On show at this years Adelaide Film Festival, Red Earth is an experimental film showcasing the effects of climate change on our South Australian backyard.
Red Earth takes a fresh look at South Australia’s landscape
Bryce Kraehenbuehl is an experimental filmmaker and is currently creating Red Earth, set to be shown at the 2023 Adelaide Film Festival at the end of October.
Bryce describes experimental filmmaking as a “pure experience” without focusing on the nitty-gritty of structure like a traditional narrative film.
“I think experimental film, for me at least – and some people disagree – is more of a weirdly technical medium,” he says.
“I think it’s having an idea or having a concept of something you want to try, and just trying it and not putting it within the bounds of a narrative or anything in particular. Not being super worried about form, just really playing.”
In what has been a “five or six year” work in progress, Red Earth highlights the beauty of an imagined future in rural South Australia, in places likely to become extinct, through an archive of photographs.
“The idea behind it is exploring ecosystems in South Australia that are possibly going extinct, or could go extinct due to climate change, and then filming and photographing those same landscapes,” Bryce says.
“It’s places that will be endangered due to climate change, rather than necessarily places that are endangered right now.
“I’m just trying to get a good snapshot of South Australia and the different places there are.”
Bryce travelled across the state to visit places like Port Lincoln, Coffin Bay, Flinders Ranges and Deep Creek. Through his quest and passion to acknowledge climate change in our own backyard, Bryce discovered parts of South Australia he never would have known about.
“There was one place in the Flinders Ranges, and there’s like mangroves in the foreground, and then there’s the ocean, and then there’s the Flinders Ranges in the background — you don’t really think about the Flinders Ranges being right next to the ocean, but part of it is,” Bryce says.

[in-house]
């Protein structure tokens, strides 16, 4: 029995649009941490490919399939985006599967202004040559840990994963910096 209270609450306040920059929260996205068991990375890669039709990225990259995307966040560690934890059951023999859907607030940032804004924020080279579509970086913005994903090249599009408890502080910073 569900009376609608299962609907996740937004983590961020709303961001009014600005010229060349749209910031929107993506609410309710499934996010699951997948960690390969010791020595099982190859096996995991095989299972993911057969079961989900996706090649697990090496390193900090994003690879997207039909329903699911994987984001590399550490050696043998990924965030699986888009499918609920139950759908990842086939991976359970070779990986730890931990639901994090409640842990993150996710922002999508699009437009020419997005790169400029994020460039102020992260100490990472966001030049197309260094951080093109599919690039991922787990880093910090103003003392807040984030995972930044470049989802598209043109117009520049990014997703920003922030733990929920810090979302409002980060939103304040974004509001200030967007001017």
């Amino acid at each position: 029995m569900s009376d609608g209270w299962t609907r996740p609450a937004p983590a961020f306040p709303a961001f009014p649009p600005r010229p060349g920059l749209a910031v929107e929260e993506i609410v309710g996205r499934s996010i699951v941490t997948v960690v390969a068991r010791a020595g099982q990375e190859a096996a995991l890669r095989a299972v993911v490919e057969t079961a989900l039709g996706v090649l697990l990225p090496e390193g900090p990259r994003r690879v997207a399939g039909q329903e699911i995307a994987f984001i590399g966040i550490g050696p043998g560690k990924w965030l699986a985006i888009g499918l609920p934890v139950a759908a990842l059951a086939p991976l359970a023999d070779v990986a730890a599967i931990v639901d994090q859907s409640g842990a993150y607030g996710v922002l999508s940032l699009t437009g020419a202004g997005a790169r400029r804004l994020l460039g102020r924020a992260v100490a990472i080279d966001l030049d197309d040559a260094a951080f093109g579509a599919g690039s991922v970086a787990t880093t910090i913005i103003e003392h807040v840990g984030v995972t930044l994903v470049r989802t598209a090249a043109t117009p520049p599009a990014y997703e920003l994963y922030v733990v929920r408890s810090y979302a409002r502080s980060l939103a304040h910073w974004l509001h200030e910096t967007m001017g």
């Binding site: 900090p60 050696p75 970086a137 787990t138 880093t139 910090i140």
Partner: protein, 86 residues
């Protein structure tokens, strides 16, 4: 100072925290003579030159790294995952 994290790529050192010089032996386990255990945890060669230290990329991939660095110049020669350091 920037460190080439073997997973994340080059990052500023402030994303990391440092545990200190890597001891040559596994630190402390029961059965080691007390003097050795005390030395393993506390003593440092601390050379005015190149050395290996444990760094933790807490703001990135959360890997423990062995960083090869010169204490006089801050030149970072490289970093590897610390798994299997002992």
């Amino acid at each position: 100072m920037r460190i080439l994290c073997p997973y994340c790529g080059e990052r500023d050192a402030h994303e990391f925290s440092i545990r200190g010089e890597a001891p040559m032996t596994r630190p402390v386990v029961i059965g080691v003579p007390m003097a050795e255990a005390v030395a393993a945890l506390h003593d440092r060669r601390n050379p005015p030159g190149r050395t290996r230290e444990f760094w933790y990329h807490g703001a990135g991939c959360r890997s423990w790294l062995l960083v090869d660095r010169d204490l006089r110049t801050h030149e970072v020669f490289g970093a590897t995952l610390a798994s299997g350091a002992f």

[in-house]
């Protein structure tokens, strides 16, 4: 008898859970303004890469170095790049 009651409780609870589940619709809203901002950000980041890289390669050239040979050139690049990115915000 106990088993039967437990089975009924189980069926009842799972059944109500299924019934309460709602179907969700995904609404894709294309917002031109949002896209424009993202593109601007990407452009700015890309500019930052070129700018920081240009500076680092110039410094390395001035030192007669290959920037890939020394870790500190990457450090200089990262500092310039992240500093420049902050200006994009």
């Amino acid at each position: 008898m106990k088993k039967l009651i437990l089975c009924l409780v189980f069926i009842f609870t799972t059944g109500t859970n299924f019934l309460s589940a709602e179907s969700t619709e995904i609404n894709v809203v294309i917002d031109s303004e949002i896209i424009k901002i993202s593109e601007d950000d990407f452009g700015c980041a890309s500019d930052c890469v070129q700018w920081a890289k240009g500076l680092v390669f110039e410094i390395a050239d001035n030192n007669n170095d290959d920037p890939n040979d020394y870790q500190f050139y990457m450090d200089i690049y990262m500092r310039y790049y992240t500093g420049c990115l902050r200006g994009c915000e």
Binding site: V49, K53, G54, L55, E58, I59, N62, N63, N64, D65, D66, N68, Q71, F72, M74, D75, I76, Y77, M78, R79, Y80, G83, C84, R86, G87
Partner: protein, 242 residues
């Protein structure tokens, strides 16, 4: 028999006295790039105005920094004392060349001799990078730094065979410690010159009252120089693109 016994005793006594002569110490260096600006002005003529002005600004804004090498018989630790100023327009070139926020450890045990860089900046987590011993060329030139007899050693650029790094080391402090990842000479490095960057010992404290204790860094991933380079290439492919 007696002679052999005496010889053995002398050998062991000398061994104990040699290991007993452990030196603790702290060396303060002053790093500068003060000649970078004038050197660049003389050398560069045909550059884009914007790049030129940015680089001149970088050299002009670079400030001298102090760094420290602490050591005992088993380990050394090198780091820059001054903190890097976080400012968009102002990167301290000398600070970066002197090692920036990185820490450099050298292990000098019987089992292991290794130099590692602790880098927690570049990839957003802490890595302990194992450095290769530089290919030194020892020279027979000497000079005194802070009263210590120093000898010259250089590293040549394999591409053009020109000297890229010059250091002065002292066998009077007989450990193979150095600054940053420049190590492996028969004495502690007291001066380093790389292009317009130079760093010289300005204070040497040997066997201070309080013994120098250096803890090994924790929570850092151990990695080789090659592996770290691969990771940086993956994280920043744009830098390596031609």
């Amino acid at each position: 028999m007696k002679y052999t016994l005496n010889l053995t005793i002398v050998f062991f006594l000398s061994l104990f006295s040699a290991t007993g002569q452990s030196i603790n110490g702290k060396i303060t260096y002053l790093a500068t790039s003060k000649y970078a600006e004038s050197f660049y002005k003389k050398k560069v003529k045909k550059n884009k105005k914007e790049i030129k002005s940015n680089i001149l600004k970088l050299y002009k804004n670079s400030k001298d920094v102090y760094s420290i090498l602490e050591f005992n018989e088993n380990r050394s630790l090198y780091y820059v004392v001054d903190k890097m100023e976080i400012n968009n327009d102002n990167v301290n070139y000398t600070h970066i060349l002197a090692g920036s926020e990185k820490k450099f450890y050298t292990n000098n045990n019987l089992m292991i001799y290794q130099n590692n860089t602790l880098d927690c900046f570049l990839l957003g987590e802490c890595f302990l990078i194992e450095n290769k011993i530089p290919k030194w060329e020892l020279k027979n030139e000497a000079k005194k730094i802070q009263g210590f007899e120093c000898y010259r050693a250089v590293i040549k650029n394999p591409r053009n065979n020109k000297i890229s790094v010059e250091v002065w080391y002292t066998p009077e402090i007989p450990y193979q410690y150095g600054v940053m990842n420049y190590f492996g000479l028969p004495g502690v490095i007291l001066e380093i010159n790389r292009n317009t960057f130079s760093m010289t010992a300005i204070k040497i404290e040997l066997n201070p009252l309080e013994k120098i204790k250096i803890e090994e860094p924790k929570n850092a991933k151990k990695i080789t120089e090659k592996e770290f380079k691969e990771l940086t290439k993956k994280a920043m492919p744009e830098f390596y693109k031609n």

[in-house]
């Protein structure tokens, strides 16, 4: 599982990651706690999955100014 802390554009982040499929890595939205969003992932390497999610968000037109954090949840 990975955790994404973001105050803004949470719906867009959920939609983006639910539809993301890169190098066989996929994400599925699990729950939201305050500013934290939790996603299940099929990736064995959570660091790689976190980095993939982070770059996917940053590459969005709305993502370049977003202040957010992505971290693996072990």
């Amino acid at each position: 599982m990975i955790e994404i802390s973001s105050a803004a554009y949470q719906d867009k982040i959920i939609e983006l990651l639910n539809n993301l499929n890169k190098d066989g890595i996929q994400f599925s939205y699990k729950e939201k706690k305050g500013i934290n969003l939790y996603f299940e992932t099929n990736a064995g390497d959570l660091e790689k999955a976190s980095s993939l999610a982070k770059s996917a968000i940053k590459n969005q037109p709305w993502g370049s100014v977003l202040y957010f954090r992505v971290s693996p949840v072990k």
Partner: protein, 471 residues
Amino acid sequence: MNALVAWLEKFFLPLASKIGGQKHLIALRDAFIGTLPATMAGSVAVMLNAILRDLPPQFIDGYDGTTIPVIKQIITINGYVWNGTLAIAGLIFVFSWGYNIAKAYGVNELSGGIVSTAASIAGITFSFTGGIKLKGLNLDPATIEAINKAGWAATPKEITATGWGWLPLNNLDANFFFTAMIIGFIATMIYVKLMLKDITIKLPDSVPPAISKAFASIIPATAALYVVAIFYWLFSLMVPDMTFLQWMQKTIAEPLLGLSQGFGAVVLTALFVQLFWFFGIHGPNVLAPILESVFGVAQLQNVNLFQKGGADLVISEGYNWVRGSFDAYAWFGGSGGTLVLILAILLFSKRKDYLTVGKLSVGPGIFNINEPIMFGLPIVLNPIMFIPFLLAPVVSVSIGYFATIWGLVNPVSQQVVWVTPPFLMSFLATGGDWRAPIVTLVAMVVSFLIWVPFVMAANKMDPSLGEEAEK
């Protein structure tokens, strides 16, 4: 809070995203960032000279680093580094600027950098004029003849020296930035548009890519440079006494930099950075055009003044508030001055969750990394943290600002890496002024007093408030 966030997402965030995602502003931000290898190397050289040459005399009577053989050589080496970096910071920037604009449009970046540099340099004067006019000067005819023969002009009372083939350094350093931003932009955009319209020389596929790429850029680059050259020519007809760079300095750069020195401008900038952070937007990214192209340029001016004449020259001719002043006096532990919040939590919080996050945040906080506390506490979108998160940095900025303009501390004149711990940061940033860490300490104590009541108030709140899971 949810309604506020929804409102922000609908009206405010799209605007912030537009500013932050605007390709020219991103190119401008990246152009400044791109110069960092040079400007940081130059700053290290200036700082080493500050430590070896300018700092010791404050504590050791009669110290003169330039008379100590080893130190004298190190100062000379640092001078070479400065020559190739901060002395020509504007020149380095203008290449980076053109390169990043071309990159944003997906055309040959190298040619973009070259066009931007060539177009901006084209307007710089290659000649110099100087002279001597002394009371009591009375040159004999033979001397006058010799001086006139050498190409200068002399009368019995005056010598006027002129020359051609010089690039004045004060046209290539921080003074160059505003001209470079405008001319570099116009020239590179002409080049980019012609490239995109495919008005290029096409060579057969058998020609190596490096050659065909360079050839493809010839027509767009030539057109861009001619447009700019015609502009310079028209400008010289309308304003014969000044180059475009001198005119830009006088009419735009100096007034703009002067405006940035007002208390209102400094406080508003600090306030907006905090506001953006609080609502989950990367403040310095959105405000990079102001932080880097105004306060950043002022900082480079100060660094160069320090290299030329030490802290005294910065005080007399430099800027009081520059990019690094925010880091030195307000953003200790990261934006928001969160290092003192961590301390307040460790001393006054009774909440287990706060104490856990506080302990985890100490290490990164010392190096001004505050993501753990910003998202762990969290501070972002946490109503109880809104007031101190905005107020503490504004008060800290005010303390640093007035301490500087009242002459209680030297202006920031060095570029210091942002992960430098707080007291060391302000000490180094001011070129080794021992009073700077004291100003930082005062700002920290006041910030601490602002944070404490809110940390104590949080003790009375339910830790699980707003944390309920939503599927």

“I’m really trying to both show these locations that people already know in a unique way, but also show that there are places that I don’t even know about that.”
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Bryce mainly wants his 10-minute short film to be thought provoking.
“I think the thing is — it’s the sad thing but also like powerful thing, because it’s like we can still do something — there almost is no ecosystem that won’t be affected by this,” he says.
“The powerful part of why I want to say this is I have kind of got sick of the doom and gloom of climate change — it’s not doom and gloom.
“What I want to leave the audience with is the fact that some of these ecosystems may go, but something will come back.”
To capture the stunning red in the images, Bryce used a nearly extinct film called Aerochrome, which produces a false-colour infrared.
“Why I started the project was the fact that this film stock is very rare and has become recently very expensive,” he says.
“For a long time I only had access to some stills film that I bought. It’s only very recently I was lucky enough to acquire some 16 millimetre of it.”
He says part of the light it captures is on the infrared spectrum which allowed him to capture these landscapes as if taken from a weird kind of archive.
“The perspective is from the future where these places have gone extinct, and I wanted to kind of create the distance between the audience and the ecosystems,” Bryce says.
“It’s me actually experimenting [and] it’s doing things like taking macros — so very, very, very close up images of the original slide — and taking thousands of photographs, turning it into this kind of montage, like abstractions of the landscape.”
“[I’m] using all the natural audio that I’ve captured in these landscapes to create a visceral experience — I know that’s very hard to explain but it’s essentially just a montage of tiny little bits of each of the images.”
Red Earth will be will be featured in ‘The Made in SA’ section of the 2023 Adelaide Film Festival.
“By having my film play in the cinema my hope is that it will… allow the audience to reflect on the environments they live within,” Bryce says.
“It means a lot to be able to present a film that’s uniquely Australian to a home crowd and I look forward to what people have to say about it.”
Prior to his Adelaide Film Festival contention, Bryce was awarded the Hanlon Larsen Screen Fellowship, which was established by The Mercury to encourage experimental and aspiring filmmakers to create bold work for Adelaide screens.
“So being awarded it [and] actually having a deadline to make something experimental and really play with the form was super exciting and liberating as an artist,” he says.
“Having the ability to make an experimental film that is purely for cinema, and for a viewing audience rather than that gallery crowd, I think is really unique and I think it’s an amazing thing to have here in South Australia.”
Connect with Bryce on Instagram for more.